Reviewed Feb 15, 2012
Mitchell Beaupre’s review:
Woody Allen has released a film (or two) pretty much every single year since 1970. That's four decades of him producing films, and when I saw Annie Hall I thought that I would never see a film from him that I would find superior. About thirty minutes into Hannah and Her Sisters I knew that I was dead wrong. This is an all out masterpiece and without a doubt in my mind one of the greatest films ever made. Finding a film loaded with more finely crafted characters is a relatively impossible task, as far as I'm concerned. Every single one is filled with complex, human emotion and experiences from the main characters like Michael Caine's and Barbara Hershey's all the way down to more supporting characters like Max von Sydow's and Carrie Fisher's. Everyone in the cast nails Allen's expert writing, creating characters who are unique and commanding without ever being annoying or overstaying their welcome. Allen makes expert use of title cards to introduce each chunk of the story and does a great job of splitting time between everyone, never having one outstay their welcome or making the audience feel as if we didn't see enough of a character.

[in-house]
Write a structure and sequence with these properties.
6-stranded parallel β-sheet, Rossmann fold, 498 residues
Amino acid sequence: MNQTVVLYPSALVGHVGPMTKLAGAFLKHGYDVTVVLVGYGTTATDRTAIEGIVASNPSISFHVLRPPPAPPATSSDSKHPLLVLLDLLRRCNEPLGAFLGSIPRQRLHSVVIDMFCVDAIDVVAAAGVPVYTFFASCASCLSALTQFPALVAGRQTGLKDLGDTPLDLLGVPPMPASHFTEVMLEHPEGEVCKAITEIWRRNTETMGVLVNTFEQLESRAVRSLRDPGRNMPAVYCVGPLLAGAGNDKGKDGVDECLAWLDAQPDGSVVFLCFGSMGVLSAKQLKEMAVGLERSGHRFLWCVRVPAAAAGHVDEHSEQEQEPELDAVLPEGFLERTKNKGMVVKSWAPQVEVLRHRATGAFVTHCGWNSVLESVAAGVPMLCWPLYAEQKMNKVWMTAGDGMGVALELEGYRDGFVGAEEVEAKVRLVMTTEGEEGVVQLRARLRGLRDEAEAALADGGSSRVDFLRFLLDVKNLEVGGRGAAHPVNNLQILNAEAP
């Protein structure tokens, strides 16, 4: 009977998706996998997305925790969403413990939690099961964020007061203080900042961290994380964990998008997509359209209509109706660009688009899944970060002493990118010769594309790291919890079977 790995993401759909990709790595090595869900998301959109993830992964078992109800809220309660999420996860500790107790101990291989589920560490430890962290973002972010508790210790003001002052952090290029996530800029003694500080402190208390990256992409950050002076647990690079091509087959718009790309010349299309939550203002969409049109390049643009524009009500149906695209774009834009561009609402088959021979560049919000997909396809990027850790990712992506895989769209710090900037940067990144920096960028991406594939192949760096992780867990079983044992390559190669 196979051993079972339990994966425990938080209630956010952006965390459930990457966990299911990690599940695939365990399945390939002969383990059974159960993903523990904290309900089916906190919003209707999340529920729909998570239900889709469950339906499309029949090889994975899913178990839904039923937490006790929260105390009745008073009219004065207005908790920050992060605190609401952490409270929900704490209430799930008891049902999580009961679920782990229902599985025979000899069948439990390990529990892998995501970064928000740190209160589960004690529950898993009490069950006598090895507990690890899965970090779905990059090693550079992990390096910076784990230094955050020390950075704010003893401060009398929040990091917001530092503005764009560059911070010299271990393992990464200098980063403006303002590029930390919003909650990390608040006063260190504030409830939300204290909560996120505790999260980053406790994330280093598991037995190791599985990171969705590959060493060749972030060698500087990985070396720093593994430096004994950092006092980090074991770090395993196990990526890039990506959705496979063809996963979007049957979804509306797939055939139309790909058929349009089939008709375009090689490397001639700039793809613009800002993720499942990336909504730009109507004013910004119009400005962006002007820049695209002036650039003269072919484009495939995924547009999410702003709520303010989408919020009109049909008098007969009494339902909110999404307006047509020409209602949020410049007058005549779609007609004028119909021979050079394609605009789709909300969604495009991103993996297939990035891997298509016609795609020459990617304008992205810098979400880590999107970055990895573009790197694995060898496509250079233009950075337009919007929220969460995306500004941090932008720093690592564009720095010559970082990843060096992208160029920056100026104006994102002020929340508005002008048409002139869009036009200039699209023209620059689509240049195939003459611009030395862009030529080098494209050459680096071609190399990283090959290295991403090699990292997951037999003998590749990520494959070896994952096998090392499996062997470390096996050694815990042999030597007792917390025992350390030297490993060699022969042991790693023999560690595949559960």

What I found most remarkable though was how well I related to each character. There wasn't a single character who stuck out to me as being more relatable than the others because each one had something in them that I related to on such a primal level. I really don't think I've seen a film more tuned into my person, where each character had something where I instinctively thought, "That's me". From Michael Caine's awkward charm with the woman he loves to Barbara Hershey's deep depression and guilt to Dianne Wiest's self-loathing to Mia Farrow's need to take care of the people she loves without saying how she really feels to Max von Sydow's hatred of everyone in the world to Woody Allen's hypochondria and general views on the world (I always find myself relating very strongly to the characters he played outside of his very Jewishness). A true masterpiece of cinema. Something that I can only see myself loving more and more as I see it again and again.